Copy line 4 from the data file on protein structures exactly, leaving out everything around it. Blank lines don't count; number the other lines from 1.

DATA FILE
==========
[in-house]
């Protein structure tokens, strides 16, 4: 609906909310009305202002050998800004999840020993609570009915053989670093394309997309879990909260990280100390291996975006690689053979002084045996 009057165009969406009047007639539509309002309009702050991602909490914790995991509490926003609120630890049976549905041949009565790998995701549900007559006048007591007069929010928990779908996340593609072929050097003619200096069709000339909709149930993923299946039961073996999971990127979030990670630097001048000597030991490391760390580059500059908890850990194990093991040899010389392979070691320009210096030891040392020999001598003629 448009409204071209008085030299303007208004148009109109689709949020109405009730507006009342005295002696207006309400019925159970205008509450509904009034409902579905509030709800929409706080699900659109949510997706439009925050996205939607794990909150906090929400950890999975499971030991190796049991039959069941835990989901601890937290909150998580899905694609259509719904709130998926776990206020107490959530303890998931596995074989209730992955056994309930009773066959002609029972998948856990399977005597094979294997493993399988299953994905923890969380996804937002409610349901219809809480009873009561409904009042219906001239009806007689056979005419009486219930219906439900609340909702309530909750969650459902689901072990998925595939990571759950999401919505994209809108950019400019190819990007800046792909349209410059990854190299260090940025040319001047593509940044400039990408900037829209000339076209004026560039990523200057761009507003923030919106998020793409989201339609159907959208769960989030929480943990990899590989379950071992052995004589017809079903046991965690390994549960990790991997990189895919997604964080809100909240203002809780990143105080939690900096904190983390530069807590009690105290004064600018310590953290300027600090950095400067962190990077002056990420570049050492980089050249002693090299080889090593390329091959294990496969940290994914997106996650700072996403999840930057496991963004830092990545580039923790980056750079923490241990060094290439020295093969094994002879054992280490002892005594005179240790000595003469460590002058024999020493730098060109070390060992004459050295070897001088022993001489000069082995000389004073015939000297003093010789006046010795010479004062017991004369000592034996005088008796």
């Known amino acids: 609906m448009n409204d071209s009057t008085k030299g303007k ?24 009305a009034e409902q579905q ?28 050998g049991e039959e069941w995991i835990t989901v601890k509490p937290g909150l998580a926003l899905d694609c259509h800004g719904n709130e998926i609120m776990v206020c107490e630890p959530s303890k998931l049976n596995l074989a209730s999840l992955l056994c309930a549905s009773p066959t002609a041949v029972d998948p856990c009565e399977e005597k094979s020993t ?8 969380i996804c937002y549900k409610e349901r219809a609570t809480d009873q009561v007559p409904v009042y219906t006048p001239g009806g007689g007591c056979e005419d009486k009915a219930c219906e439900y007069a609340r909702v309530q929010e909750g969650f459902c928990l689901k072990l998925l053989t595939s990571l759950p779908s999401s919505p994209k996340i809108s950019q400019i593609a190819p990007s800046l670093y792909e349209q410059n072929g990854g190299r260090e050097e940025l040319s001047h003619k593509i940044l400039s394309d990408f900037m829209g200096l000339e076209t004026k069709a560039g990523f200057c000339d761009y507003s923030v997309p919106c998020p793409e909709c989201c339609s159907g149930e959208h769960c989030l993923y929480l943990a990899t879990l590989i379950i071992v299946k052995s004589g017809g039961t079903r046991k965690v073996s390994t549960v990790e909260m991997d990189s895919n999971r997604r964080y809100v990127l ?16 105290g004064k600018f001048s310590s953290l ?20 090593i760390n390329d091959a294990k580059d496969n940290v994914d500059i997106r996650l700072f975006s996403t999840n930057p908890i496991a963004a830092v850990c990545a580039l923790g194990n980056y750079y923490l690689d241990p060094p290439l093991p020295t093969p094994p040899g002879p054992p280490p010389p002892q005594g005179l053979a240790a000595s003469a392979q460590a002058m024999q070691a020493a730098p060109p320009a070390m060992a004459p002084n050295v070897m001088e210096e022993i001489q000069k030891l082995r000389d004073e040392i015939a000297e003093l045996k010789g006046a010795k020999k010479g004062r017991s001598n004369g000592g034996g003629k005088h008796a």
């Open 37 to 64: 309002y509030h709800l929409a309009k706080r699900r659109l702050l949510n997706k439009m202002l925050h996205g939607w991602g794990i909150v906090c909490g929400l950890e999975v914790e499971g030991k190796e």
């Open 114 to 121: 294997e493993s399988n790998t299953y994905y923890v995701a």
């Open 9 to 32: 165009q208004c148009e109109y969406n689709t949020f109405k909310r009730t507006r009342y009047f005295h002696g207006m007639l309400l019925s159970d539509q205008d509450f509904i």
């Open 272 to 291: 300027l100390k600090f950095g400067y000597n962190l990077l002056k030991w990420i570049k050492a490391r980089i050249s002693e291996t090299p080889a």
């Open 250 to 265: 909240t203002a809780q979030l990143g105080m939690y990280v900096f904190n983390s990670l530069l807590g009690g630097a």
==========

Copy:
């Open 37 to 64: 309002y509030h709800l929409a309009k706080r699900r659109l702050l949510n997706k439009m202002l925050h996205g939607w991602g794990i909150v906090c909490g929400l950890e999975v914790e499971g030991k190796e």